The Recording Industry Association of America (RIAA) has sent a letter
to BitTorrent Inc.’s CEO Eric Klinker asking the company to prevent copyright infringement
Brad Buckles, the Executive Vice President of Anti-Piracy stated in his letter
Brad Buckles, RIAA's CEO wrote:
This year marks the 10th anniversary of BitTorrent Inc.’s development of a distributed hash table (DHT) approach to file distribution, and yet, as we have previously discussed with your company, we remain very concerned about the overwhelming use of BitTorrent Inc. developed clients to infringe our members’ content
We are willing to establish a process to share the hashes with BitTorrent Inc. on a regular basis so that BitTorrent Inc. can use the information to deter further infringement of those files via its goods and services
- “The software client applications developed, marketed, and distributed by BitTorrent Inc. facilitated approximately 75% of the over 1.6 million torrent based infringements of our members’ works in the united States upon which a notice was sent in 2014.”
- “Based on a random sample of 500 torrents containing audio content that was selected from data obtained from BitTorrent Inc.’s DHT, 82.4% were found to be commercially available and therefore highly likely to be protected by copyright.”
- “99 of the top 100 most popular music torrents in the Music category on one of the most popular torrent portals were found to be infringing.”
We urge BitTorrent Inc. to live up to those words and take meaningful steps to deter this widespread infringement occurring using its own products and services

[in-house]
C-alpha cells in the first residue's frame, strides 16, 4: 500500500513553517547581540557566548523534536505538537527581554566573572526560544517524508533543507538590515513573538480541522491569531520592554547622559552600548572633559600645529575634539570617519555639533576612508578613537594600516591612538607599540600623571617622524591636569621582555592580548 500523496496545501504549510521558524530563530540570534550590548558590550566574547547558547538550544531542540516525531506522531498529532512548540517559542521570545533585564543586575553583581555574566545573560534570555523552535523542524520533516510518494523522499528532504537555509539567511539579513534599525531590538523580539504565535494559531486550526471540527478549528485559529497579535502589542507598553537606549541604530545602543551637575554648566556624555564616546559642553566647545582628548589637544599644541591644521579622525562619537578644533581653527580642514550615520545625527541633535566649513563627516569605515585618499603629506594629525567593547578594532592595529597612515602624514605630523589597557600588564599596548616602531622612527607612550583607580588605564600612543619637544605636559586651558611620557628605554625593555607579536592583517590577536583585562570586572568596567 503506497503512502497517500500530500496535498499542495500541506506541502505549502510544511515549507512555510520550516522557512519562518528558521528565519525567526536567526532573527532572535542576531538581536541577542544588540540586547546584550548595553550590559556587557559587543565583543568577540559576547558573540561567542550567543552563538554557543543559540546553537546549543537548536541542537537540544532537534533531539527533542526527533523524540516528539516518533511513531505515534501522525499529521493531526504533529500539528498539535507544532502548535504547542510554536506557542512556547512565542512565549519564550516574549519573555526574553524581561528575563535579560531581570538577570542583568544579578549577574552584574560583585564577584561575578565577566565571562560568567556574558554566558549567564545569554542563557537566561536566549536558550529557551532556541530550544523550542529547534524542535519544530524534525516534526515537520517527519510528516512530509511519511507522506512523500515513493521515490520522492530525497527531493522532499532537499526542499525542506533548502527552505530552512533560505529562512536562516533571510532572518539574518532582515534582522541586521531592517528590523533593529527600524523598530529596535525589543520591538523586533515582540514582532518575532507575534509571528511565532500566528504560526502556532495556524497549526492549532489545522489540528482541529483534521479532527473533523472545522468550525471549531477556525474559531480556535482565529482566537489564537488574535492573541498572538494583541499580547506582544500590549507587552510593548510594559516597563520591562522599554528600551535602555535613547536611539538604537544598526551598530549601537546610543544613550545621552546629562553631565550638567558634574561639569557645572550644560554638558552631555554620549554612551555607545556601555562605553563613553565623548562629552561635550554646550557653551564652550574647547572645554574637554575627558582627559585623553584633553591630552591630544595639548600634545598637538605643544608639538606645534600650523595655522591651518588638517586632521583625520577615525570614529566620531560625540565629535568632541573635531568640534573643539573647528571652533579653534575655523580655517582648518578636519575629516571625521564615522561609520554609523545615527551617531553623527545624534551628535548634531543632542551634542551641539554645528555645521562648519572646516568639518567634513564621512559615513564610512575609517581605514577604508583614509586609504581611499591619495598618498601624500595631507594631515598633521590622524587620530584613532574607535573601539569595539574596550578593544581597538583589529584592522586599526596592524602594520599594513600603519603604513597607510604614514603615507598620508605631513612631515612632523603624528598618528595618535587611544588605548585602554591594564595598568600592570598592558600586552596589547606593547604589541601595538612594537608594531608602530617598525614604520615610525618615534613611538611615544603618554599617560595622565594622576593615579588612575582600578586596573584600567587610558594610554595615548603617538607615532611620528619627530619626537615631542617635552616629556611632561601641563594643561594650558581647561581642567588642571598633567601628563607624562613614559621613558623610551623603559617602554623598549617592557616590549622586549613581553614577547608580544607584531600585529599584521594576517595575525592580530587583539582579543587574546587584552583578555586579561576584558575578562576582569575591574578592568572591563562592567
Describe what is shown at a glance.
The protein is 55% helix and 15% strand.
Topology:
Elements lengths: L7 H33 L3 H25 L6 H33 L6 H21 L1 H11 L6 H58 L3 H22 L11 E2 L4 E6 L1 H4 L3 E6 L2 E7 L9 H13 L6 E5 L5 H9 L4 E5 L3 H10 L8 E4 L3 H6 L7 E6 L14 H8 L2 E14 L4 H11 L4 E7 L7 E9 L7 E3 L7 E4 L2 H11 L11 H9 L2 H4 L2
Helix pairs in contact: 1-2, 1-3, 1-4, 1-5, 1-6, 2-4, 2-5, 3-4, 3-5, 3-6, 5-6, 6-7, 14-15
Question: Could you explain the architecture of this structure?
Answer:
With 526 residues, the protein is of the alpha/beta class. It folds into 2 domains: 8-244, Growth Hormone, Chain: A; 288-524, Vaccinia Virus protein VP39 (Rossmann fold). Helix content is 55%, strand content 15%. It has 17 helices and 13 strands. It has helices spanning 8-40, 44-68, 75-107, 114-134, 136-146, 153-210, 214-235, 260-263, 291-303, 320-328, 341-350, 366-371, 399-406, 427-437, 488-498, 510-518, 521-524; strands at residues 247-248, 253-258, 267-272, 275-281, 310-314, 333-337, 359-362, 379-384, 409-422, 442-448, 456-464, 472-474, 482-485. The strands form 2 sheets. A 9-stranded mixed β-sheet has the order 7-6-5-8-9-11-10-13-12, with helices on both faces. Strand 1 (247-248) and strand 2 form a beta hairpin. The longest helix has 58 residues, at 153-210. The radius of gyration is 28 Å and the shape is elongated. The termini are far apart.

Included with the letter was a list of hashes of its members’ works including tracks from Britney Spears, Lady Gaga, Coldplay, Maroon 5, Madonna, Usher and other.
The most BitTorrent users think that requests from RIAA are ridiculous
"I can share copyrighted material on Facebook or through email. I can share them on cloud storage services. All of these services are legal. Perhaps the RIAA can send Microsoft a similar email and claim that 90% of all copyrighted infringement takes place
in a Windows environment. Perhaps they can ask them to somehow implement these hash blocks. Ridiculous!" - noticed one of them.
Recently, ExtraTorrent strongly recommended using a VPN to avoid copyright infringement letter while torrenting
. Using a VPN allows users to use the torrenting anonymously and prevent RIAA, MPAA and other government agencies from tracking your online activity
What do you think?
Posted by: Date:
Thursday, August 20th, 2015
|Leave the freaking Internet users aloone !!!! The government and all politicalso are all delicuente afilieare just want all the money to them self !!! The Internet has not owners but users is here to stay, to the future we go !! A big F to the RIAA .. |